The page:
When the periphery continuously pings the central nervous system, a condition called central sensitization can occur. “When the central nervous system is under a barrage of inputs from the periphery, it too can become overly stimulated and sensitized,” Nelson explains. “A clinical example of this condition is fibromyalgia.” The difference with central sensitization is that because the stimulation starts centrally and streams down the nervous system, effects are felt in both extremities equally. “You cannot have fibromyalgia on just one side of the body,” Nelson says.

Peripheral and central sensitivity don’t necessarily work independently, however. “It is quite common to have a bidirectional movement of these inputs, which can escalate and make things far worse,” Nelson says.

How does that work exactly? Nelson explains: “Peripheral sensitivity sends information to the brain that something might possibly be wrong in an area, let’s call it zone ‘F,’” he says. “If that input continues, then the central nervous system turns up the ‘sensitivity dial’ to be on higher alert and might also tell the neighboring peripheral zones ‘E’ and ‘G’ to be on alert, as well. As more and more peripheral areas increase their sensitivity, more input is going to be streaming back to the central nervous system, which will increase central sensitization.”


Acute + Chronic Pain

The two main divisions of pain are acute and chronic, though many subcategories exist. When thinking of how to distinguish the two, Nelson considers this question: Is the source of the pain still present?

“In acute pain, the source of the pain is present,” he says. For example, Nelson says, think about what happens when you step on something sharp when you’re barefoot. “If there is tissue damage, the pain will limit your activity to prevent more damage, enforce rest to encourage healing and perhaps teach you a lesson about where you should and should not walk barefoot,” he says.

When pain is considered chronic, however, the original source of pain might not be present, though the pain is still there. “Nerves in the area of injury become oversensitive and respond to normal stimuli as though they were a threat,” Nelson explains. “Movement patterns remain altered, and often movement is limited.”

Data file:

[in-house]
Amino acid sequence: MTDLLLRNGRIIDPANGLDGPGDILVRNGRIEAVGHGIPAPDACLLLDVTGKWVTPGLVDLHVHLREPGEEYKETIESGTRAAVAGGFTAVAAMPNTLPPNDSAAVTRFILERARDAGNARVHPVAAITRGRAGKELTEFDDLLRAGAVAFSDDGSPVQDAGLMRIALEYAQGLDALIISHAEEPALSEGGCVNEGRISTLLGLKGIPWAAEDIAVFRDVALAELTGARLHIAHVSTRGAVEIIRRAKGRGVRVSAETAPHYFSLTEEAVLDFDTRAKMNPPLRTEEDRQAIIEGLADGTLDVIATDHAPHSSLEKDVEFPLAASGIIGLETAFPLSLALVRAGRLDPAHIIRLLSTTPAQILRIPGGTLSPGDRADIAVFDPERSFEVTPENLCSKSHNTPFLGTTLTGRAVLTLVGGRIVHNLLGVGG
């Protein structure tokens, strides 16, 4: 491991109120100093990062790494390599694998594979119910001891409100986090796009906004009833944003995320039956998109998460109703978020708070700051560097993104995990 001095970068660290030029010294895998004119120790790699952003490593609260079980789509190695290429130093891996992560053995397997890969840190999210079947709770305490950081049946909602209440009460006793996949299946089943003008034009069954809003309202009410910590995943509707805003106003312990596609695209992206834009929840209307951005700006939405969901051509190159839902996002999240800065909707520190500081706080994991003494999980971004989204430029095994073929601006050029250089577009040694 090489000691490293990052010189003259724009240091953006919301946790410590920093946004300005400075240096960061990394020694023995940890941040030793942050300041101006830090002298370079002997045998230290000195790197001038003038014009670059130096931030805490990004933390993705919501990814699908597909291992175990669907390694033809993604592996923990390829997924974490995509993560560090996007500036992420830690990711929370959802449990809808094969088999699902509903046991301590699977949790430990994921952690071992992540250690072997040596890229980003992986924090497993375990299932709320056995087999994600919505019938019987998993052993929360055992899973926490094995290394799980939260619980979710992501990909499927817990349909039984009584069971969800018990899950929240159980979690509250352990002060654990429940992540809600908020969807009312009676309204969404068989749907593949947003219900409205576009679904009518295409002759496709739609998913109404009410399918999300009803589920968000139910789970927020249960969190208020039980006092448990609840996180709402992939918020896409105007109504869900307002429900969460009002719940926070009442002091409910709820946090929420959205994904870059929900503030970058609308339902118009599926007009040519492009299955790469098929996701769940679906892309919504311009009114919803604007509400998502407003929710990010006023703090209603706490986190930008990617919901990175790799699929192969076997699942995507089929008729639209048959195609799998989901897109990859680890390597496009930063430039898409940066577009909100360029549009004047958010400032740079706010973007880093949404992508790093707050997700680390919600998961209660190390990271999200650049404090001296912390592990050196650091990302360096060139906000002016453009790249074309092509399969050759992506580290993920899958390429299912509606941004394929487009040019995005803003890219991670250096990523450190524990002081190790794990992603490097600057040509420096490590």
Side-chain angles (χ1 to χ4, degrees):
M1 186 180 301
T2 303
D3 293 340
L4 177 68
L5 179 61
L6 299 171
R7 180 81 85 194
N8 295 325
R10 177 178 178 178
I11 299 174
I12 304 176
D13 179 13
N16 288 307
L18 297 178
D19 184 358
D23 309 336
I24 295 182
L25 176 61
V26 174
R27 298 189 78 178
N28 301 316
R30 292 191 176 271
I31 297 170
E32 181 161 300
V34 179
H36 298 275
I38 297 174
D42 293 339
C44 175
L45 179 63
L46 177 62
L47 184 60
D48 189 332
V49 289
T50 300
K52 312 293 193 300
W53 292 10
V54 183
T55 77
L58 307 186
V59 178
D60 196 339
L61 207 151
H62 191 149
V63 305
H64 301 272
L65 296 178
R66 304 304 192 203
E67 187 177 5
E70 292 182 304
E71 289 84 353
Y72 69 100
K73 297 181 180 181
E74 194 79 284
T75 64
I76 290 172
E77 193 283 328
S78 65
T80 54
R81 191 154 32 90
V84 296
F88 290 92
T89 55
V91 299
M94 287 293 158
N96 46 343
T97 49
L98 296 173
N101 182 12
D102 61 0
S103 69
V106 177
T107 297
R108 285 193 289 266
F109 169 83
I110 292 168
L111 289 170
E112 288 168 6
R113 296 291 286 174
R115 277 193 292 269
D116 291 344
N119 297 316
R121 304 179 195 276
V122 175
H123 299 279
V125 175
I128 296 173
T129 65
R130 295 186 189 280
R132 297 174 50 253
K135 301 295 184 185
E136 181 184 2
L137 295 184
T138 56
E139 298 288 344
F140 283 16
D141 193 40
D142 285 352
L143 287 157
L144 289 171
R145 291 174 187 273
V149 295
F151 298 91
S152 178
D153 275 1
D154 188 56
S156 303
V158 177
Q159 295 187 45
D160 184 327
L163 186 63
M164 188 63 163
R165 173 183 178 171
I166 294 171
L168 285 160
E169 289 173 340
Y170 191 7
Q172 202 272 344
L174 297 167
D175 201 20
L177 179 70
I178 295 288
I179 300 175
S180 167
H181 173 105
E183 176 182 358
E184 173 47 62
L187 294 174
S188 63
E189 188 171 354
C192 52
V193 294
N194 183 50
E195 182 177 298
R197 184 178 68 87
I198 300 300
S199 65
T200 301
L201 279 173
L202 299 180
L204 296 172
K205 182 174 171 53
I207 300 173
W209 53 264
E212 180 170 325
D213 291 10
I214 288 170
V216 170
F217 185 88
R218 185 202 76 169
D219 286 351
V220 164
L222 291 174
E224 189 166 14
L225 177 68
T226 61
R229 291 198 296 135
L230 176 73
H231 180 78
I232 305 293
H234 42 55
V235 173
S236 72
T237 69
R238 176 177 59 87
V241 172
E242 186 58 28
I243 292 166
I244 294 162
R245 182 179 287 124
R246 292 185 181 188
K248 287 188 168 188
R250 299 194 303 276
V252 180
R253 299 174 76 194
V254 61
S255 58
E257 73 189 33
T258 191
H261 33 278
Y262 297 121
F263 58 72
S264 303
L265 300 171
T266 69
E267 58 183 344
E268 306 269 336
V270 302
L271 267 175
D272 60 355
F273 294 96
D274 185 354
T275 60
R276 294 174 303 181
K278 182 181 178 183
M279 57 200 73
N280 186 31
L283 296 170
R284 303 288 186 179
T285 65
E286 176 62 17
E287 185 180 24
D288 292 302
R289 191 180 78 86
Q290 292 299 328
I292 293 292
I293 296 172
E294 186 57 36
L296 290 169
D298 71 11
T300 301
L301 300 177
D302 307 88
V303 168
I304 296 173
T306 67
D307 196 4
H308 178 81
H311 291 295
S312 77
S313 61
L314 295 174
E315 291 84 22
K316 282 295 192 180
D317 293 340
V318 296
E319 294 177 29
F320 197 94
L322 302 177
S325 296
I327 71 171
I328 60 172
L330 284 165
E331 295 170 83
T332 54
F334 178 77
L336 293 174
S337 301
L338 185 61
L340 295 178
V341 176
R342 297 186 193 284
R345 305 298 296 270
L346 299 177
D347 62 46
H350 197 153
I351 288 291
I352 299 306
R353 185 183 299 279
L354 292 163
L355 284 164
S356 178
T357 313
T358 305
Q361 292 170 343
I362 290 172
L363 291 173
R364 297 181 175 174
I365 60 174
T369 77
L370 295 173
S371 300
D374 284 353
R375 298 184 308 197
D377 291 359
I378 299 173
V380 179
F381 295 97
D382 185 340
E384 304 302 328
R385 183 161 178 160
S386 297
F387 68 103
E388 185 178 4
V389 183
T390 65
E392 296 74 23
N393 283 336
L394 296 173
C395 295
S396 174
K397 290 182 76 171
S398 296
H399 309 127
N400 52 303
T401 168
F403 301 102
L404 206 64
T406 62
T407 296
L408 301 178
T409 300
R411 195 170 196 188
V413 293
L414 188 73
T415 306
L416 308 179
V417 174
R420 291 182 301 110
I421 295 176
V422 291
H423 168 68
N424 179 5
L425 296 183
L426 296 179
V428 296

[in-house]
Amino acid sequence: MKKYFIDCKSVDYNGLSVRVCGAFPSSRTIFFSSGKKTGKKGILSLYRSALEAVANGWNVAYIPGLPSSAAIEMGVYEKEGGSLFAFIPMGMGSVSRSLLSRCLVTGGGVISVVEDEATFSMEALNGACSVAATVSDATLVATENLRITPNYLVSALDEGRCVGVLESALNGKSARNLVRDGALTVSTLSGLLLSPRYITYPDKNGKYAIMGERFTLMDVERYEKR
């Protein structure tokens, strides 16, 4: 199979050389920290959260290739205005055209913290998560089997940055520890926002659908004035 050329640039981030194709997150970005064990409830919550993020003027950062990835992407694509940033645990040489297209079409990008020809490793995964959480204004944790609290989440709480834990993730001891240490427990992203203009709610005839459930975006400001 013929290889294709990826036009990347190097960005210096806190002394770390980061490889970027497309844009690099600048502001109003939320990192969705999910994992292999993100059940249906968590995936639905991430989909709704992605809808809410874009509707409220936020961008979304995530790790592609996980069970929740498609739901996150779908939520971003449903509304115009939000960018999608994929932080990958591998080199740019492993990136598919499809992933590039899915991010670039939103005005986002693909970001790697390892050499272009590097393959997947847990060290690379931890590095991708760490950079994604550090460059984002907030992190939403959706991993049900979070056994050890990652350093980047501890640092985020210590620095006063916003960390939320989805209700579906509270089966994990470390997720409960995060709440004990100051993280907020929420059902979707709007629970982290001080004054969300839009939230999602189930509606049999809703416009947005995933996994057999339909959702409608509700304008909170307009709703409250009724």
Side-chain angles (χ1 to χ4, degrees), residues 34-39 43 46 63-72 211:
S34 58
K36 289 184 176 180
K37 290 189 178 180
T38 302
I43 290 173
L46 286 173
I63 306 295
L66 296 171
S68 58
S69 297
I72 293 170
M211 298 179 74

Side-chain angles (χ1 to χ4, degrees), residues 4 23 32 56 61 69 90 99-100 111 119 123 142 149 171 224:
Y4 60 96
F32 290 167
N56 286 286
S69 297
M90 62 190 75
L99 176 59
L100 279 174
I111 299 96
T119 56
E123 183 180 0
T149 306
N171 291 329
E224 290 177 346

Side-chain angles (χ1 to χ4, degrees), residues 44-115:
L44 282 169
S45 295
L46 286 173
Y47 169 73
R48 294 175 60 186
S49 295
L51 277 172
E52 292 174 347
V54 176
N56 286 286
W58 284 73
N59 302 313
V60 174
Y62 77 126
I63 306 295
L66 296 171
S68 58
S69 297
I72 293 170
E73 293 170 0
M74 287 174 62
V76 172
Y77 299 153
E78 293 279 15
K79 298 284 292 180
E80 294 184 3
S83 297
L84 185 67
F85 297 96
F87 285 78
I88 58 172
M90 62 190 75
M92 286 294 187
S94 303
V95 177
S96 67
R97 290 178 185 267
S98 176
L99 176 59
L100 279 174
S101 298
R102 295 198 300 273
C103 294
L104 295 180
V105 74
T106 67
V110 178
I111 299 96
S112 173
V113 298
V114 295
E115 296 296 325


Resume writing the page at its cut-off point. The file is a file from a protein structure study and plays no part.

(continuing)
Here’s where things can get tricky. Remember, the role of acute pain can be protective, alerting you to injury and forcing down time so you can heal. When those same mechanisms continue to fire long term, however, the results can be disastrous, according to Nelson. “This is not unlike the world of stress research,” he explains. “Temporary spikes in stress levels activate our immune system and make us stronger. Unrelenting stress, however, has the opposite effect and depresses our immune function over time.”


How Massage Therapy Can Help Pain

Nelson sees real value in massage therapy even as he understands that pain can be a complex issue. “It is my strong belief that massage therapy is uniquely positioned in so many ways to help people in pain,” he says.

Think back to conditions that involve central sensitization, like Nelson’s example of fibromyalgia. Remember that pain—especially chronic pain—can be caused by oversensitive nociceptors that respond to normal stimuli as a threat and keep pinging the central nervous system from the periphery, which responds in kind by becoming oversensitized itself.

Related: Massage + Fibromyalgia: The Right Touch